Sleep disturbance adversely effects carbohydrate metabolism resulting in insulin resistance and glucose clearance. Whereby, the increase in SNS activity and the ensuing stress response suppresses the release of insulin from pancreatic beta cells [45,46]. The impact of this on healthy individuals is an increased susceptibility to chronic health conditions such as coronary artery disease and diabetes. Within the ICU patient population, this can exacerbate underlying co-morbidities, putting them at risk for additional secondary complications. For example, instability in blood glucose levels has been associated with increased patient mortality [47]. The immunological effects of sleep disturbance also have a concomitant effect on metabolic functions with pro-inflammatory cytokines increasing in activity with moderate total sleep loss, which contributes to insulin resistance [44].

Effects on the neurocognitive system

The onset of delirium amongst ICU patient ranges between 60% to 80% for mechanically ventilated patients and 20% to 50% for non-mechanically ventilated patients [48,49]. Delirium has been identified as an independent predictor for adverse patient outcomes including increased hospital length of stay, a persistent decline in cognitive status and increased patient mortality [48-50].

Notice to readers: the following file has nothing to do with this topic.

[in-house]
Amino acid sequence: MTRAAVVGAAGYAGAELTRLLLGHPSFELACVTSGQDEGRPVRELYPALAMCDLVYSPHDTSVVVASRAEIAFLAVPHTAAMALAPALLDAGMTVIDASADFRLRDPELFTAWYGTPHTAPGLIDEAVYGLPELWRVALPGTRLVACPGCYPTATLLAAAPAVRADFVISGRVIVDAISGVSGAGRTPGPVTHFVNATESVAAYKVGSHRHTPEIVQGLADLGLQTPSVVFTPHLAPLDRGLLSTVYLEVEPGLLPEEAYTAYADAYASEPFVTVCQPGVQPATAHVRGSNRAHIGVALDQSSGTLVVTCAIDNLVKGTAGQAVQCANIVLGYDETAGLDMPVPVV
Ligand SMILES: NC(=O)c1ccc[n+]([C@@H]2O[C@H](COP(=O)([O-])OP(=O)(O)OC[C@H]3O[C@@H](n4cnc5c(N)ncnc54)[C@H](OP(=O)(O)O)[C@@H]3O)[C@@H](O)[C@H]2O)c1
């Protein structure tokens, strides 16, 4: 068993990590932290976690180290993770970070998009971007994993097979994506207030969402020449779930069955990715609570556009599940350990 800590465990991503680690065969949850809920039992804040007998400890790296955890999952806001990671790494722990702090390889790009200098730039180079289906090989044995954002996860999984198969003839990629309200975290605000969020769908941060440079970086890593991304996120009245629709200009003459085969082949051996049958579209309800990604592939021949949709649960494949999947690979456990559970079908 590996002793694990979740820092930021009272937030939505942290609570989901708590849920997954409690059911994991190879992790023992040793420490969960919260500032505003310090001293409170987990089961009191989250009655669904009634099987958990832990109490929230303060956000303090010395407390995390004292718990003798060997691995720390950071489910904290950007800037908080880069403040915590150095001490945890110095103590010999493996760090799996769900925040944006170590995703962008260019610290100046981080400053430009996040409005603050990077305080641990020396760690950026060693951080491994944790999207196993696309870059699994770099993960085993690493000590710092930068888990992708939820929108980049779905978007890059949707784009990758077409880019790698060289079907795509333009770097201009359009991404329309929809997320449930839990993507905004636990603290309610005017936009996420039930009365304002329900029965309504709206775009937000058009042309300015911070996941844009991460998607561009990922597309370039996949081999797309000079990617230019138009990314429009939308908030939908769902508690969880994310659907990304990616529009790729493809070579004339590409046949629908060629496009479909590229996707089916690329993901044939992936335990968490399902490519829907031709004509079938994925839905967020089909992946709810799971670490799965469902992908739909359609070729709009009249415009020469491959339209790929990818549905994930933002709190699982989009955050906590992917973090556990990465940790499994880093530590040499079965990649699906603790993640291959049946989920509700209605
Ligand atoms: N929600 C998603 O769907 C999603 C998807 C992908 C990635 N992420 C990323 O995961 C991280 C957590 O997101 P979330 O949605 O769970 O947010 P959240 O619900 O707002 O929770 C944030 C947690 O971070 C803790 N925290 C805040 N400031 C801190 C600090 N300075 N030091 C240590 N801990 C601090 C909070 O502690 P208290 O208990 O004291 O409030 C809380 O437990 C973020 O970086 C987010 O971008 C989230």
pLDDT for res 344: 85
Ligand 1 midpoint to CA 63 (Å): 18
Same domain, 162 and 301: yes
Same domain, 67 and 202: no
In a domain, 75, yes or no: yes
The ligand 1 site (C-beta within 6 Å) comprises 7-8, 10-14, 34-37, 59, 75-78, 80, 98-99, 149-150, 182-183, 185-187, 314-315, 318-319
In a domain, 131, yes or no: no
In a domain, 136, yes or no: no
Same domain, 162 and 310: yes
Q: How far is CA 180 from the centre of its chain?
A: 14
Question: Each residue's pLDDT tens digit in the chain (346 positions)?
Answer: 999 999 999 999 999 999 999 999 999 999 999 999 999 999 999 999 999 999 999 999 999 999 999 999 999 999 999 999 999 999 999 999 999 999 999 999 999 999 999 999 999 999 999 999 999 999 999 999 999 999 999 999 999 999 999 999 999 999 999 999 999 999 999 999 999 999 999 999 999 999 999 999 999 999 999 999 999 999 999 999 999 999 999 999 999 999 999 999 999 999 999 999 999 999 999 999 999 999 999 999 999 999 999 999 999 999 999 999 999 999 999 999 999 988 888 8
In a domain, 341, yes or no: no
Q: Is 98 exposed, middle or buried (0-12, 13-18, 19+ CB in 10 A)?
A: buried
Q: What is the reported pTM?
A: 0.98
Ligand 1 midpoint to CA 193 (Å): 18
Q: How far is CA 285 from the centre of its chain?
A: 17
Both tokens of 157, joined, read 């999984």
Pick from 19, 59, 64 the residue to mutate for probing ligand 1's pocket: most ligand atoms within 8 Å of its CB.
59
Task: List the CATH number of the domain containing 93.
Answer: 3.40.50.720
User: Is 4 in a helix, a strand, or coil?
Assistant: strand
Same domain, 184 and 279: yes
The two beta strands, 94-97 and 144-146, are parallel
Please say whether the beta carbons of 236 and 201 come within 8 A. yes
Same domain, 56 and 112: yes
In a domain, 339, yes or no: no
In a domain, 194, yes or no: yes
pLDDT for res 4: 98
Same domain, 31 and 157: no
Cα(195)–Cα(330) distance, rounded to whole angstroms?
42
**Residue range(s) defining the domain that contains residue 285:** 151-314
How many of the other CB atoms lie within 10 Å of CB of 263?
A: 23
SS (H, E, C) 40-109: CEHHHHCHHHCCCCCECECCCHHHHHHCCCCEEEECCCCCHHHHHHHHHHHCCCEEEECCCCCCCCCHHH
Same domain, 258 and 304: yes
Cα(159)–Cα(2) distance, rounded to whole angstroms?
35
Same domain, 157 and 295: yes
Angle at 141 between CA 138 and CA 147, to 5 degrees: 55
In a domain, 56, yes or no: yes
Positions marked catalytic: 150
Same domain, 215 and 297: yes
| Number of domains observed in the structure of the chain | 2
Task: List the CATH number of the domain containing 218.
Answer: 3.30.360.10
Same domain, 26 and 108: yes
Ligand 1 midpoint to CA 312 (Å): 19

A number of factors have been purported to contribute to the development of delirium, with sleep deprivation thought to be a contributing factor. However, the relationship is not clearly understood in regard to whether sleep deprivation leads to delirium or if the onset of delirium contributes to sleep deprivation. Nonetheless, sleep deprivation and delirium share a number of similar features namely a decline in cognitive function inclusive of psychomotor vigilance, memory and disturbances in language and perception which is characterised by hallucinations and delusions [51,52]. Although recommendations aimed at minimising the likely onset and complications associated with delirium include reducing sleep disturbance, one of the major challenges is associated with the pharmacological agents used to treat symptoms associated with delirium. Many of the pharmacological agents such as haloperidol and benzodiazepines used can potentially exacerbate sleep disturbance, due their inhibitory effect on SWS and REM sleep [52].